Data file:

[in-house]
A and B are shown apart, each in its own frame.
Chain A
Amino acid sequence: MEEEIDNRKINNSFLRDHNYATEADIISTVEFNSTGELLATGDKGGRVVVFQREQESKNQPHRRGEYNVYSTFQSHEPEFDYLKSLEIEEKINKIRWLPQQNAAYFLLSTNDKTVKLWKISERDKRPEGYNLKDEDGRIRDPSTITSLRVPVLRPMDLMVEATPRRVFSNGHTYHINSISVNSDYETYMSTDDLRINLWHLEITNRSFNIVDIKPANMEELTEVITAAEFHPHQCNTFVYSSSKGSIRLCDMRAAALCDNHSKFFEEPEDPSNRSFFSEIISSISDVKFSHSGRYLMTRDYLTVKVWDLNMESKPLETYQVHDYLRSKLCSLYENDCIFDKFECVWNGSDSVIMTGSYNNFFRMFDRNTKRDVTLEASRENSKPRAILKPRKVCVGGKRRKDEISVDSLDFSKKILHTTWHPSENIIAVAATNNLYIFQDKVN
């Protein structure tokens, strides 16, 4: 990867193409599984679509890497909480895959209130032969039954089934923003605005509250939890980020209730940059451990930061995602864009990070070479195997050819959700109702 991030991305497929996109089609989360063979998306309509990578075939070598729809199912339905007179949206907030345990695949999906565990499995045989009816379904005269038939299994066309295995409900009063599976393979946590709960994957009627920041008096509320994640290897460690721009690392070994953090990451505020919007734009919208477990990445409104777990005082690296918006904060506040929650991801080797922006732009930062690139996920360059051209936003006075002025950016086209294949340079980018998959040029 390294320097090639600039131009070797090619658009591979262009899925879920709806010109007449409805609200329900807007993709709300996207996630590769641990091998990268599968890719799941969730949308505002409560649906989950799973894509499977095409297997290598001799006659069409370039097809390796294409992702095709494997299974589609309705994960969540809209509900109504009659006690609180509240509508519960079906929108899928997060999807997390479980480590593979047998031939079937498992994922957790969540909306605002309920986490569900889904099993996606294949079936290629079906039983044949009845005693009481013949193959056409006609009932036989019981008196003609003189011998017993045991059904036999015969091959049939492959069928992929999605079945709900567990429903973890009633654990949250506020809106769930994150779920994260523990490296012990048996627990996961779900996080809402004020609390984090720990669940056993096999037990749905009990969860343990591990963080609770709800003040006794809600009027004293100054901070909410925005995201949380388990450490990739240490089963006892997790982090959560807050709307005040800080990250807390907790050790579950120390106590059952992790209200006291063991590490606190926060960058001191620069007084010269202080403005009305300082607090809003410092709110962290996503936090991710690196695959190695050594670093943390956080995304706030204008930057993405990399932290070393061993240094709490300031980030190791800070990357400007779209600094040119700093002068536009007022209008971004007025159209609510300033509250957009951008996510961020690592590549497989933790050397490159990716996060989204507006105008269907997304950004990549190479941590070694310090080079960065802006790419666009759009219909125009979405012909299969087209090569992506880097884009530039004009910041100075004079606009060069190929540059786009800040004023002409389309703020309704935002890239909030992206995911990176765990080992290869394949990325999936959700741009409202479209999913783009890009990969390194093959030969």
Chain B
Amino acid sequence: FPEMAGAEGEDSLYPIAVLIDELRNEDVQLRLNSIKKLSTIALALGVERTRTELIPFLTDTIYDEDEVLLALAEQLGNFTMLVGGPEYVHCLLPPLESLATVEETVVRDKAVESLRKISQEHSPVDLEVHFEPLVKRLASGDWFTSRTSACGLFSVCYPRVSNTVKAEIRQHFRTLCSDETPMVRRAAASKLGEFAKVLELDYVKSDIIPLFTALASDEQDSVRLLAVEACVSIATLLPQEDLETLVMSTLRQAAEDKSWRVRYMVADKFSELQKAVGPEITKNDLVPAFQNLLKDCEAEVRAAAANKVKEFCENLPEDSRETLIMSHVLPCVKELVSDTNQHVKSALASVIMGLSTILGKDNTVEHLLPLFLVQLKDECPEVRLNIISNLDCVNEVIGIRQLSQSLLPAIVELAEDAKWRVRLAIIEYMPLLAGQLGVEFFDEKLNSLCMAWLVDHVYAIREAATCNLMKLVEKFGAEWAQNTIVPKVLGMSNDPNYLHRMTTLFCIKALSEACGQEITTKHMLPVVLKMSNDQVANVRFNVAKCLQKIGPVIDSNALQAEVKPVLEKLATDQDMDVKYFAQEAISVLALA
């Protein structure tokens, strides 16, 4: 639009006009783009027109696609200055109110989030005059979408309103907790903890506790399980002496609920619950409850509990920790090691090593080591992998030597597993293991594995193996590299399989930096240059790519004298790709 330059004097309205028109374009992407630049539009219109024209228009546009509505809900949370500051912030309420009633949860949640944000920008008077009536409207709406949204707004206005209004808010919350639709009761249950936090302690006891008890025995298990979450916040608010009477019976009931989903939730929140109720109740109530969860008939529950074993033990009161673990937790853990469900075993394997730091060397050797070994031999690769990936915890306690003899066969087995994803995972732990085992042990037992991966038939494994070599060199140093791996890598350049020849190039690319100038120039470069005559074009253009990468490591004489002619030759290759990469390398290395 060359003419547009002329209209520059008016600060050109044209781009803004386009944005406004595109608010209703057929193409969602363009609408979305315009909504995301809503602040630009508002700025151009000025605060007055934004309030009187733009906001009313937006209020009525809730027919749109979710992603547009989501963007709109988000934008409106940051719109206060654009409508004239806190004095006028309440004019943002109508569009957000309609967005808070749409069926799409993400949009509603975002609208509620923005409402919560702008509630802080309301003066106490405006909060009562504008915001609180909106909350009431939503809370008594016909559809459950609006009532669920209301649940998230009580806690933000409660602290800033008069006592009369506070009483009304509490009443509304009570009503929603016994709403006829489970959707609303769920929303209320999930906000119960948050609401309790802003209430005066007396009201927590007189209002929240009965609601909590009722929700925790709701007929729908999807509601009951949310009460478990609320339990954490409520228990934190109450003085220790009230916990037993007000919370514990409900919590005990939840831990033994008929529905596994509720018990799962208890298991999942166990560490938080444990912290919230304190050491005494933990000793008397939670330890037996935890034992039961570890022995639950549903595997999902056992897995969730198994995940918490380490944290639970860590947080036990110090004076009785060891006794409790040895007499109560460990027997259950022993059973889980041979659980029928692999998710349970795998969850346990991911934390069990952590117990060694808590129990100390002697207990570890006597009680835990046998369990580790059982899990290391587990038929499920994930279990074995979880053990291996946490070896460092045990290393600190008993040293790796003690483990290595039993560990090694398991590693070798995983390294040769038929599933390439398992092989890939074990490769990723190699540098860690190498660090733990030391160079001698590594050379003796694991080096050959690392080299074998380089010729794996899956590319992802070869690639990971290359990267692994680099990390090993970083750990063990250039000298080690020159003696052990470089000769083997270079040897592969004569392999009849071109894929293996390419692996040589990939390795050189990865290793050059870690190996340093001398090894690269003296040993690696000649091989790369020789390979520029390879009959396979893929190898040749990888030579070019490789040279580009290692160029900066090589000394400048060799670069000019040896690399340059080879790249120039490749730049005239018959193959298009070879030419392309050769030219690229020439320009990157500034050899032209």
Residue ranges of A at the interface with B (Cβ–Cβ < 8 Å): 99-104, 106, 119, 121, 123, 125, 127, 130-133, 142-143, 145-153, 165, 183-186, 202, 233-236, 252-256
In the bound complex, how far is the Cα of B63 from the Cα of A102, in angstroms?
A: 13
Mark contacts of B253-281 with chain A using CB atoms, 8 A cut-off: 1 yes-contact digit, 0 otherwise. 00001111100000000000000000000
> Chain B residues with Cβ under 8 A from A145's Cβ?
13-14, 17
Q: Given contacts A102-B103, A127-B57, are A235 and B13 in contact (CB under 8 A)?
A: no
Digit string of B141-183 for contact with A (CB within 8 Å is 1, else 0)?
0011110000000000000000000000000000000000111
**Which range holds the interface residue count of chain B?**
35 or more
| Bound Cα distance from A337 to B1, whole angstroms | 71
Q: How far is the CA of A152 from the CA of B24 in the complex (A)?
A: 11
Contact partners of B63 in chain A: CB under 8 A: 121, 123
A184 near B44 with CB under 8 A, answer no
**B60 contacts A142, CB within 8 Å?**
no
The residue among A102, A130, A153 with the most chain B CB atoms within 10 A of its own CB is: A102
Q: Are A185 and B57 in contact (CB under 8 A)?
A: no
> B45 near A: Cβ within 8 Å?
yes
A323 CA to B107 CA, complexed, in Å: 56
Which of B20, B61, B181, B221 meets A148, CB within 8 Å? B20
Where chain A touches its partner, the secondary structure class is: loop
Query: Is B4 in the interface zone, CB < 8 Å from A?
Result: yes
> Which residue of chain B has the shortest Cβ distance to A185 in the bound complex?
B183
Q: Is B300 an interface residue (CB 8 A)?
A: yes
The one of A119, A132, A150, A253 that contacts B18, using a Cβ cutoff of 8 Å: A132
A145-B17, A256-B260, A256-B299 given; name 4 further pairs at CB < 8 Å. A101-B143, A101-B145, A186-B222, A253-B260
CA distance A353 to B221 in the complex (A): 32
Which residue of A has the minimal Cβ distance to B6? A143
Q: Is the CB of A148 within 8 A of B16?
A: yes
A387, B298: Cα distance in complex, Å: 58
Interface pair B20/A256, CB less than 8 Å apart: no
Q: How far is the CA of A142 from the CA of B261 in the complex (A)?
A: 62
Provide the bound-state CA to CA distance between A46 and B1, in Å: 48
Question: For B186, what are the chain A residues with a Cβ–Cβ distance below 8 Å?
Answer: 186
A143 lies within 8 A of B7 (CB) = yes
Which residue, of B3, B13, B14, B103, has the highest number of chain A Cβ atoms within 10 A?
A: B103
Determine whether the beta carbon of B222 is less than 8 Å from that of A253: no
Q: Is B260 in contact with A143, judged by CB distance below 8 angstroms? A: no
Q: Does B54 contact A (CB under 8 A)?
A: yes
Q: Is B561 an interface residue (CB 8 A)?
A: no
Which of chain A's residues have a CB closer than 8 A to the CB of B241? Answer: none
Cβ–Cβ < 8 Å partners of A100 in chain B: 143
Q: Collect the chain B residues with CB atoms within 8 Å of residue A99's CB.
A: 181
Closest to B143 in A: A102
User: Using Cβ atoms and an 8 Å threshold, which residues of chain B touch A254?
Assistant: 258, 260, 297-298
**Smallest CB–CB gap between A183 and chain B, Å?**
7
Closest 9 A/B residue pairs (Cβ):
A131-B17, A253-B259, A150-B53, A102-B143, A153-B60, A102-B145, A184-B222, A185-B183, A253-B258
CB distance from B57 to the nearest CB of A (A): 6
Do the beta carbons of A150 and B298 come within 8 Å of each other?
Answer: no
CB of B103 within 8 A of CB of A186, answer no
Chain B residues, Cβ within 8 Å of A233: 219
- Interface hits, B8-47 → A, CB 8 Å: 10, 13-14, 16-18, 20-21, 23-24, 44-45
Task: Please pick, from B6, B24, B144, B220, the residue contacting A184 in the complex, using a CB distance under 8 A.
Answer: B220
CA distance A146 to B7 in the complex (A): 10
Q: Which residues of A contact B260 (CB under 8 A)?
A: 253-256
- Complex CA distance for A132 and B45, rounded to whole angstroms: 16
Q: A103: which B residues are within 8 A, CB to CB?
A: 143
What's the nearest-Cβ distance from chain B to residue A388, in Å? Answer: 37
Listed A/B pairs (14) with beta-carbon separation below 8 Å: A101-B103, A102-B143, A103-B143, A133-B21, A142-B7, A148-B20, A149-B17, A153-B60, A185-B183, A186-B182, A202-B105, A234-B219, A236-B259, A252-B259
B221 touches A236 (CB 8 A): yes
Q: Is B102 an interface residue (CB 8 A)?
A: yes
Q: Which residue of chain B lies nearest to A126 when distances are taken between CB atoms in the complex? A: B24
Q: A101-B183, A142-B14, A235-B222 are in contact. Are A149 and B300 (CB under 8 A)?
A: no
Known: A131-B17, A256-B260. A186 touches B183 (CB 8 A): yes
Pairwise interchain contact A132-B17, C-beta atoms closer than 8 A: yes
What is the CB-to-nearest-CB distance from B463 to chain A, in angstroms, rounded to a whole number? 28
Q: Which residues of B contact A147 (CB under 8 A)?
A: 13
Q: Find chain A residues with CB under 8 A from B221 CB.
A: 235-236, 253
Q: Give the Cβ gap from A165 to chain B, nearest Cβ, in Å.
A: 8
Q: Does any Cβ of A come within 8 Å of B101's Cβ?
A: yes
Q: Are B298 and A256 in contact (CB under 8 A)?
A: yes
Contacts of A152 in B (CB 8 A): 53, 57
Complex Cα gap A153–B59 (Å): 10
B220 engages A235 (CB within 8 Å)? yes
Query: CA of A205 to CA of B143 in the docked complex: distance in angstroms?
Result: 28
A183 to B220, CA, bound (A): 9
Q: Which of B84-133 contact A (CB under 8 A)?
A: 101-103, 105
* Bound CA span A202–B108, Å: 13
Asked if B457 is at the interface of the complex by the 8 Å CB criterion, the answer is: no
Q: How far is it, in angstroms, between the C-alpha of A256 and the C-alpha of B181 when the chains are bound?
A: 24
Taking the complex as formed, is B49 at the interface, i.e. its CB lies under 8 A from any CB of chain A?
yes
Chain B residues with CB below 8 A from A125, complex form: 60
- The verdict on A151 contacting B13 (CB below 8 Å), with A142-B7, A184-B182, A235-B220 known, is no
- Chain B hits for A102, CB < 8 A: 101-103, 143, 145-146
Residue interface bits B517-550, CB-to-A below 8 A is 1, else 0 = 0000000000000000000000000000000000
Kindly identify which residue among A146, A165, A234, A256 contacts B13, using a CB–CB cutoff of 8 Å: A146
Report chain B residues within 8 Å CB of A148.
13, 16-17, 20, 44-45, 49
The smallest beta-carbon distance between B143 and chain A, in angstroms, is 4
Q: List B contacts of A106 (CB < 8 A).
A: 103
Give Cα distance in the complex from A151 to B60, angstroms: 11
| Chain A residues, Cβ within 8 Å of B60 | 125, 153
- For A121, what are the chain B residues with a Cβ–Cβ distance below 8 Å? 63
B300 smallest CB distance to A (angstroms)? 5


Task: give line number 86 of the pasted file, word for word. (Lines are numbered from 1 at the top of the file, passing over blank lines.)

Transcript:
- Complex CA distance for A132 and B45, rounded to whole angstroms: 16